When we got to the part about what to charge, it was unanimous that the roundtable calls should be no-charge. So, for two information-packed hours, you can have an opportunity to ask questions and receive personalized answers from a group of professionals who make their living coaching business owners to excel at their branding and marketing efforts.
If you are interested in masterminding and brainstorming with a team of women marketing experts who can answer your most challenging, costly, and pressing questions, this is where you will want to be September 8th and 22nd, at 4 p.m. EST, 1 p.m. PST.
To register or read more about this remarkable opportunity to get your questions answered by a panel with over 100 years of combined marketing experience, go to www.clarityofvision.com/marketingroundtable.html
If you’d like to send us your questions, enter it in the comment space on the registration checkout form, or post your challenge here. We’ll cover it on the calls!
This post might be better subtitled, “Lions and tigers and bears, oh my!” Do tasks shape priorities or do priorities dictate tasks? The answer depends…
I spent Labor Day reviewing my calendar, planning the month of September and asking myself questions related to intensity.
Intense, one of those adjectives popular among entrepreneurs, Baby Boomers and the Irish, means susceptible to strong emotion; emotional: an intense person. Not surprisingly, my September is colored with intensity:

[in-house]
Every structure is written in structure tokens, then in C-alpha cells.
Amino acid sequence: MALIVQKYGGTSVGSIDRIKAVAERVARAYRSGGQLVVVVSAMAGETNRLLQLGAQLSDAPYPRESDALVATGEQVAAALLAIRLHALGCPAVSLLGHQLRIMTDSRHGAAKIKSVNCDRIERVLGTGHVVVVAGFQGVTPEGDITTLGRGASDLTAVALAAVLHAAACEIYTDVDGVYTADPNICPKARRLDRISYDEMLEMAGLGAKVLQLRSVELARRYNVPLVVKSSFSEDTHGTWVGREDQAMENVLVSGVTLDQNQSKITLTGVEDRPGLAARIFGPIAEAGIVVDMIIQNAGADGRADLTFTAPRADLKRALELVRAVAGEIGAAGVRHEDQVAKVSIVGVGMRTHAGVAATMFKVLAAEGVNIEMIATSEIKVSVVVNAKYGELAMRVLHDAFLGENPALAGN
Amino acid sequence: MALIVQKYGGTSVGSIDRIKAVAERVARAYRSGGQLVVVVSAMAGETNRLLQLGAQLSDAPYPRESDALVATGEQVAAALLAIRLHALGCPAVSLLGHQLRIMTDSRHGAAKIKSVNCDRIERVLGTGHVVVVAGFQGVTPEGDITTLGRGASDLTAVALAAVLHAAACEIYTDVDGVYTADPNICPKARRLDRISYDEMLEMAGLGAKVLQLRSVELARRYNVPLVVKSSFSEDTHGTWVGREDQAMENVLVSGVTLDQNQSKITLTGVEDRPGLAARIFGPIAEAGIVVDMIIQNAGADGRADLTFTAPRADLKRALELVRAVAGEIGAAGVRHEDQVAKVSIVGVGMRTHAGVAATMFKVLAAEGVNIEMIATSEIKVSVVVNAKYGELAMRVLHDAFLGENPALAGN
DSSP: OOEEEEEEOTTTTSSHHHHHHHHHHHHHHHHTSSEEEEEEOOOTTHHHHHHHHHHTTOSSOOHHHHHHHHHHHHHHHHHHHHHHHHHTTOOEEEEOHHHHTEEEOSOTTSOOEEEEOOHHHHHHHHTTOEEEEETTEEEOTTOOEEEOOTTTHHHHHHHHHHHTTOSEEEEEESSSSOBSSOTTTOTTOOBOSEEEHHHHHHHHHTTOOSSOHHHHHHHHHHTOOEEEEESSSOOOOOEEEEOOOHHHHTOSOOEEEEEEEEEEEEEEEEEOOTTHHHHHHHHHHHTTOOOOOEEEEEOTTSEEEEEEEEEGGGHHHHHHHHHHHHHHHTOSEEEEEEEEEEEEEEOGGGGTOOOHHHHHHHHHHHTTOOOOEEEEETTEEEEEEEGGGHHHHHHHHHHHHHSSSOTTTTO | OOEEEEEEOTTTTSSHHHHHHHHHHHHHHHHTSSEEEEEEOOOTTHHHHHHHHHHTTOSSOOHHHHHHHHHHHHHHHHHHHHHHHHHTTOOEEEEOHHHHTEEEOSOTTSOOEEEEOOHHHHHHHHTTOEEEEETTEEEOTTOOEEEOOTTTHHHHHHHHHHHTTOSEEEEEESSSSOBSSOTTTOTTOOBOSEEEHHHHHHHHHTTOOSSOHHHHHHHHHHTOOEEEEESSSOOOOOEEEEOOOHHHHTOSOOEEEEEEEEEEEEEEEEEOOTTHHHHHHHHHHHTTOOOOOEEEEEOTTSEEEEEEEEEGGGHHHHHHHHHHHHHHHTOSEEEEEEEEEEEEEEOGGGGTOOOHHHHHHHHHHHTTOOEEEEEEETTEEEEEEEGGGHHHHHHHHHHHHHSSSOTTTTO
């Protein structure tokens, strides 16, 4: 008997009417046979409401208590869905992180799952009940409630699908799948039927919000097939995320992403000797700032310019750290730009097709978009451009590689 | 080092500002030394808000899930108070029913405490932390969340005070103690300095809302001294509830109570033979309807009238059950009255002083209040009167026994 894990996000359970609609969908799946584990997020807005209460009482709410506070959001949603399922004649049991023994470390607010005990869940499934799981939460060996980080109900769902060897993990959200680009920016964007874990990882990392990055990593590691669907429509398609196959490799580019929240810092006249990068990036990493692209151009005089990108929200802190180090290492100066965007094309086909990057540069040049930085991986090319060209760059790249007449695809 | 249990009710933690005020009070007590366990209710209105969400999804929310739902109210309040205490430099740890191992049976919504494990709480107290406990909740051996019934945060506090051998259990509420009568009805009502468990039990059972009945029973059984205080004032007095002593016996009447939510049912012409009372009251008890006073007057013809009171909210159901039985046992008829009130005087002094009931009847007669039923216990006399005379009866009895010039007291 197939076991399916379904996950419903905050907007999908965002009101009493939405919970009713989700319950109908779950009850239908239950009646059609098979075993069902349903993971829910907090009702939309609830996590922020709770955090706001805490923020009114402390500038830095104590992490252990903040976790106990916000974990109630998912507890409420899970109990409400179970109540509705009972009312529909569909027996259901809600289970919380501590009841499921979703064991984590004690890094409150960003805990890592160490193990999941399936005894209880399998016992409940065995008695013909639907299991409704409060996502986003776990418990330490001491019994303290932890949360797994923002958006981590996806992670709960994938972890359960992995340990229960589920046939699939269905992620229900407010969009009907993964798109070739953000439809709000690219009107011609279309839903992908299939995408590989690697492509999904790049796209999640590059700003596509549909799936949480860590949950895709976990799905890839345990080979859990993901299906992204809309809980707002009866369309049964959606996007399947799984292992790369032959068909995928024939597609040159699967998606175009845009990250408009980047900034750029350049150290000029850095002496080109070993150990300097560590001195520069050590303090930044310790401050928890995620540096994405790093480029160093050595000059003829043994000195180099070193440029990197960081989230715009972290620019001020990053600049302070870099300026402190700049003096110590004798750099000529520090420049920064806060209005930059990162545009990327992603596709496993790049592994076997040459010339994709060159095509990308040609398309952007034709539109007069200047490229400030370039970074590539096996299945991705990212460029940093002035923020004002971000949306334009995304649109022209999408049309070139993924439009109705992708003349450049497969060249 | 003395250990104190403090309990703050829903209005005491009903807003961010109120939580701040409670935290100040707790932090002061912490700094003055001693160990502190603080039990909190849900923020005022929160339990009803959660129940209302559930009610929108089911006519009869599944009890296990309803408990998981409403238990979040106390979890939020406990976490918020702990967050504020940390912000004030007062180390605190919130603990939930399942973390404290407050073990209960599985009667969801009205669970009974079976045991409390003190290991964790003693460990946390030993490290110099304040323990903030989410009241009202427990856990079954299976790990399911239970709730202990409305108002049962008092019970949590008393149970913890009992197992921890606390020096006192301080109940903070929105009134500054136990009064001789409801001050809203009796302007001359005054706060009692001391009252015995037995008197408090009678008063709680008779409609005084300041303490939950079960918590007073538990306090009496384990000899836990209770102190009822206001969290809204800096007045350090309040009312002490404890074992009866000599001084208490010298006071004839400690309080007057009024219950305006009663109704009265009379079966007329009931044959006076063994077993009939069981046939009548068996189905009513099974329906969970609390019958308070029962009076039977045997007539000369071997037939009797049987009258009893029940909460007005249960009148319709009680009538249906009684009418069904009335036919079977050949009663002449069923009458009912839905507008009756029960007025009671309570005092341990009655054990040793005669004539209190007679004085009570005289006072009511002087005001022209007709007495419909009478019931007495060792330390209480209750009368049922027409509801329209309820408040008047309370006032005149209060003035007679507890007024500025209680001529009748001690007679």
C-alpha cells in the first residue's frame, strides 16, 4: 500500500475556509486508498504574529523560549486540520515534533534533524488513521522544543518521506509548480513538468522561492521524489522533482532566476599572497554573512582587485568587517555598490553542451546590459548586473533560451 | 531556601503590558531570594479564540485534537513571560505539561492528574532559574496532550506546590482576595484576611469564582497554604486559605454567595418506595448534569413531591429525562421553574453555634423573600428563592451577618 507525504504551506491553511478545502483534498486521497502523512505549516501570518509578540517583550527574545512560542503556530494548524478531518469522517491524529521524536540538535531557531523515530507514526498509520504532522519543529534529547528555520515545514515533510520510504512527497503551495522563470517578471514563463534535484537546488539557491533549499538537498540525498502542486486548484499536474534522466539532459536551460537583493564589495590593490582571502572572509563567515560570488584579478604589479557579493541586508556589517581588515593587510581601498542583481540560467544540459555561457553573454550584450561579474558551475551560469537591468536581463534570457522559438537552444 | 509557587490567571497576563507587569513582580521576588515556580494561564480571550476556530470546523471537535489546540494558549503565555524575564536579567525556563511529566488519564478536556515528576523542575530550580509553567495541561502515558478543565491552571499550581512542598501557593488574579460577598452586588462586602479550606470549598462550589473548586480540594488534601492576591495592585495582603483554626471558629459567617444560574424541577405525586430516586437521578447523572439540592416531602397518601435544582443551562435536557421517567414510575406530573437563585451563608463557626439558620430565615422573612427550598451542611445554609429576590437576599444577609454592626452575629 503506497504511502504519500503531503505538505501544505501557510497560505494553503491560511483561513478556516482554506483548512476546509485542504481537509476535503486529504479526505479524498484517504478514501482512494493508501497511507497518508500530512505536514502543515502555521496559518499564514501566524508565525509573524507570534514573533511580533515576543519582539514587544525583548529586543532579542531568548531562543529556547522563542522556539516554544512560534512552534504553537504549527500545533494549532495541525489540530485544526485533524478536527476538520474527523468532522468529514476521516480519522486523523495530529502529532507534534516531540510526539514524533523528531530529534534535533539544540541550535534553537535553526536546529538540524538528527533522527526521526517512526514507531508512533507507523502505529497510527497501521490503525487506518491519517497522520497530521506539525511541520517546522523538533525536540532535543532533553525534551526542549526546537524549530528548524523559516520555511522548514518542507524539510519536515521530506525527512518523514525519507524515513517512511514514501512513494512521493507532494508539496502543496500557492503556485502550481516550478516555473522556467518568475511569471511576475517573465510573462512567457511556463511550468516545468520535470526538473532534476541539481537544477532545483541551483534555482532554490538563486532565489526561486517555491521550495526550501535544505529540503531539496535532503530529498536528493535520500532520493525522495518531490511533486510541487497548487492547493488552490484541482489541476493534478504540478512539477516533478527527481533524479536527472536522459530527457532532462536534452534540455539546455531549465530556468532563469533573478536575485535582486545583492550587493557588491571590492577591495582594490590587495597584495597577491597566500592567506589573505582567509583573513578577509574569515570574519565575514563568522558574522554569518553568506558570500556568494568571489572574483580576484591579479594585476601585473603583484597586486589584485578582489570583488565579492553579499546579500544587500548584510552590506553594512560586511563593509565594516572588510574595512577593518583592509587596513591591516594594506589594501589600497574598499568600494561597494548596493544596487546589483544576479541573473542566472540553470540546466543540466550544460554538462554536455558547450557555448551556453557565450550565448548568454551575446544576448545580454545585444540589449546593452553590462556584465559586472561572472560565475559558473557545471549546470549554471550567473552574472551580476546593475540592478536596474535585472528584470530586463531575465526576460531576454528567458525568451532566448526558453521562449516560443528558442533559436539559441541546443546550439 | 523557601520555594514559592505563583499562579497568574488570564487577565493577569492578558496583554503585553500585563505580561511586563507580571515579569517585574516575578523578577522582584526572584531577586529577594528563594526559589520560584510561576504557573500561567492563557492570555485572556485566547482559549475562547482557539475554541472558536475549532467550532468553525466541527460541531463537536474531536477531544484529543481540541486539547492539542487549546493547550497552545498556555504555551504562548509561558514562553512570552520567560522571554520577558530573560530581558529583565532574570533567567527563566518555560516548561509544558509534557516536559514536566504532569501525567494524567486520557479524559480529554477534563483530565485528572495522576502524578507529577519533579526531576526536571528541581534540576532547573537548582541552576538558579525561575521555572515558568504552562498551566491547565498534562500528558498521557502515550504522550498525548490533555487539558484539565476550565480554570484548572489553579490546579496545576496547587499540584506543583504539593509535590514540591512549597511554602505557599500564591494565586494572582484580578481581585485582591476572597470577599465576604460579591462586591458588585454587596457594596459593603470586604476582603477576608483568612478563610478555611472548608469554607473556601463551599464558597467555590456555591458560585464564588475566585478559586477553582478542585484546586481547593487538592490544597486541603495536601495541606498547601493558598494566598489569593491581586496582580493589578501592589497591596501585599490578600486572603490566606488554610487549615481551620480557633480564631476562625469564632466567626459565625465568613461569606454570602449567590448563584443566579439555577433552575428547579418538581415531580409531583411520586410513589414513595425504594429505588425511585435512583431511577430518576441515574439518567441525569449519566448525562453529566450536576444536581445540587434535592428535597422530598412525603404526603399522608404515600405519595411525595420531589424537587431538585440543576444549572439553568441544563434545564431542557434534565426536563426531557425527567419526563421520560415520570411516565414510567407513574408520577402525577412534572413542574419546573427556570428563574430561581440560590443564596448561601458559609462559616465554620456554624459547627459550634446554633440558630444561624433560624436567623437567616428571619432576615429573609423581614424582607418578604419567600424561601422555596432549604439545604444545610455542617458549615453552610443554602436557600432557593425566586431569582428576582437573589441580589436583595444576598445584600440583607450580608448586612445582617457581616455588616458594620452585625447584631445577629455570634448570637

- “What’s the next step?” asks Cynthia Morris. She lives large, doing the daring things that most others only dream about. Cynthia, currently in Lisbon, has just completed a large project and is beginning to work on the BIG goal for 2009. She’s intensively creative, exhibiting a high degree of creative ideas, and easily making the leap to believing I can tackle and complete the project by simply calendaring it.
- “Get neutral,” commands Valerie Compton. “Strengthen that core.” Training without intensity makes no sense in Val’s book. She lives yet another definition, strenuous or earnest, as activity, exertion, diligence, or thought: an intense life. Exercise without intensity is a waste of time for Val.
Intensity works. Changing the intensity changes the experience. My September commitment involves intensity. By whatever words you write it: “Take it up a notch,” “Pump up the volume,” “Work smarter not harder,” are some of the phrases we repeat to ourselves with the intention of building intensity.
There’s a fine line between planning, researching and doing. ACTION. In this world, nothing does itself. Regardless of promises made in The Four Hour Work Week or outlined in the classic Think and Grow Rich, there’s no substitute for action.
How’s your September shaping up? Do you know what one thing you must do to move your business, your project, your idea forward? What’s that next step?
Have a bias toward action – let’s see something happen now. You can break that big plan into small steps and take the first step right away. Indira Gandhi (1917 – 1984)
Now, take action. I dare you.